MARINE CORPS LOGISTICS BASE ALBANY, Ga. --
Marine Corps Logistics Base Albany is currently hosting its first predator hunt for coyotes through June 18.
The purpose of the hunt is to help control the growing population of coyotes and protect small game and domestic animals aboard the base.
Hunters are only allowed to use bows during the hunt.
“The predator hunting season will aid in managing the coyote population and allow hunters to demonstrate their bow hunting skills because coyotes are extremely savvy,” said Al Belanger, game warden, Natural Resources, Installation and Environmental Branch, Installation and Environment Division, MCLB Albany.
By nature, coyotes are timid and shy animals that tend to steer clear of any potential danger and thus pose little threat to humans, according to www.gohuntgeorgia.com.
Contrary to popular belief, these animals do not hunt in packs, but rather are primarily solitary hunters. Despite these characteristics, problems sometimes do occur as these predators become increasingly tolerant of human interactions. Prevention is the best defense against nuisance coyotes, according to Georgia Department of Natural Resources Coyote fact sheet.
Belanger said this will protect wildlife such as deer that are showing signs of giving birth and family pets including dogs and cats.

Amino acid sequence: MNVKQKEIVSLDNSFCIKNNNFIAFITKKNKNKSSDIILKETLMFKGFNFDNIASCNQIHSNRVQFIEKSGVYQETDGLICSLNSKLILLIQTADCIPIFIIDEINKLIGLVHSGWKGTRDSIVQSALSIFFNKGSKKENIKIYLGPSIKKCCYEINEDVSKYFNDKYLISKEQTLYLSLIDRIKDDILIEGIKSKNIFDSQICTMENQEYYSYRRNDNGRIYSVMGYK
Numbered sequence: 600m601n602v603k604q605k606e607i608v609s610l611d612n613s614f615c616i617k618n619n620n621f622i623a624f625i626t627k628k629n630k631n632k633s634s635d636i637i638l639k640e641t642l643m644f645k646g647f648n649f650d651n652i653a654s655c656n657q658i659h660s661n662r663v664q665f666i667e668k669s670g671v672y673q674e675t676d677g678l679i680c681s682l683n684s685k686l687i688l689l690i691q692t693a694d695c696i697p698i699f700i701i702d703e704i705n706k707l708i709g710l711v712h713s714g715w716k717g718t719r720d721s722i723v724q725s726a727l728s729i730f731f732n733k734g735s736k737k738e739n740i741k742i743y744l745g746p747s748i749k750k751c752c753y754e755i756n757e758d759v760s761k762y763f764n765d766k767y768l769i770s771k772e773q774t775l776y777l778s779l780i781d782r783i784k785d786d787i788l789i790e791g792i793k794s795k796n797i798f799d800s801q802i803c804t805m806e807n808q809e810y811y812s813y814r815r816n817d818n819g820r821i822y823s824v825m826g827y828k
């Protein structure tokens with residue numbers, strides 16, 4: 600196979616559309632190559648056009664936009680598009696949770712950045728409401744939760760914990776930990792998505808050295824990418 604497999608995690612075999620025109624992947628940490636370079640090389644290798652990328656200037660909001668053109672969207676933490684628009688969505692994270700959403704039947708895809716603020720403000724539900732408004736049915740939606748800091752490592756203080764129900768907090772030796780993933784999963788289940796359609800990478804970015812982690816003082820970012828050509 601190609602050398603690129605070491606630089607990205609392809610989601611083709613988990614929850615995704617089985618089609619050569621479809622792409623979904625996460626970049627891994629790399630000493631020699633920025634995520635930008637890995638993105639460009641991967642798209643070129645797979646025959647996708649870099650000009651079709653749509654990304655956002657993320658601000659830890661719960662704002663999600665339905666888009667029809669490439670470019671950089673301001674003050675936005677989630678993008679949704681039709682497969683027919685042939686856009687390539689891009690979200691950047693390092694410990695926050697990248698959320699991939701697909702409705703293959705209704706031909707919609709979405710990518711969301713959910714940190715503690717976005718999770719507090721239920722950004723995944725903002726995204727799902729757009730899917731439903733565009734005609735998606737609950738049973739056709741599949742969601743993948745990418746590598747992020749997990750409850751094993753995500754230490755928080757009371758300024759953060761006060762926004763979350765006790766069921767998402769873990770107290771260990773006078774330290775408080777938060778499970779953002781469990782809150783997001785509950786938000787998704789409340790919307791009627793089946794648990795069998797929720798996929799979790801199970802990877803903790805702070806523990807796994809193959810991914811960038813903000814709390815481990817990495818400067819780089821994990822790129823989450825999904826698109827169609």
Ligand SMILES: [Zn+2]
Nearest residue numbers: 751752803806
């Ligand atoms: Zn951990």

“This will help protect domestic animals because coyotes have been known to prey on small dogs and cats,” Belanger said. “However, since I have been the game warden here, I have not had any reports of domestic animals falling prey to coyotes.”
Hunting will be conducted in areas designated by Natural Resources.
“Check-in/check-out procedures for hunting have been established for the hunting period,” Belanger said. “This process must be followed in order to keep hunters safe and designated areas may change due to training requirements or other environmental surveys being conducted.”
Hunters must obtain Georgia state and a base hunting licenses before they can hunt on base, he explained.
“Each hunter must pass a short archery qualification course,” he said. “This is a proficiency exam to make sure each hunter can make ethical shots when hunting large or small game aboard the base. During this time, base regulations and safety requirements are explained.”
After attending and passing the archery course, hunters are assigned a number and are instructed to go to Building 5101 to purchase a base hunting license.
Belanger advises hunters not to buy a base hunting license until they have passed the archery course.
The game warden is also calling on base residents to assist in protecting small game and family pets.
“Although the houses have fenced-in yards, I would advise residents not to leave their pets outside unattended,” he said. “Also, do not leave any type of food, such as cat or dog food or table scraps, outside. This will lessen the opportunity for coyotes and other animals, such as raccoons or possums, to venture into the housing area looking for food.”
For more information, call the game warden at (229) 639-5188.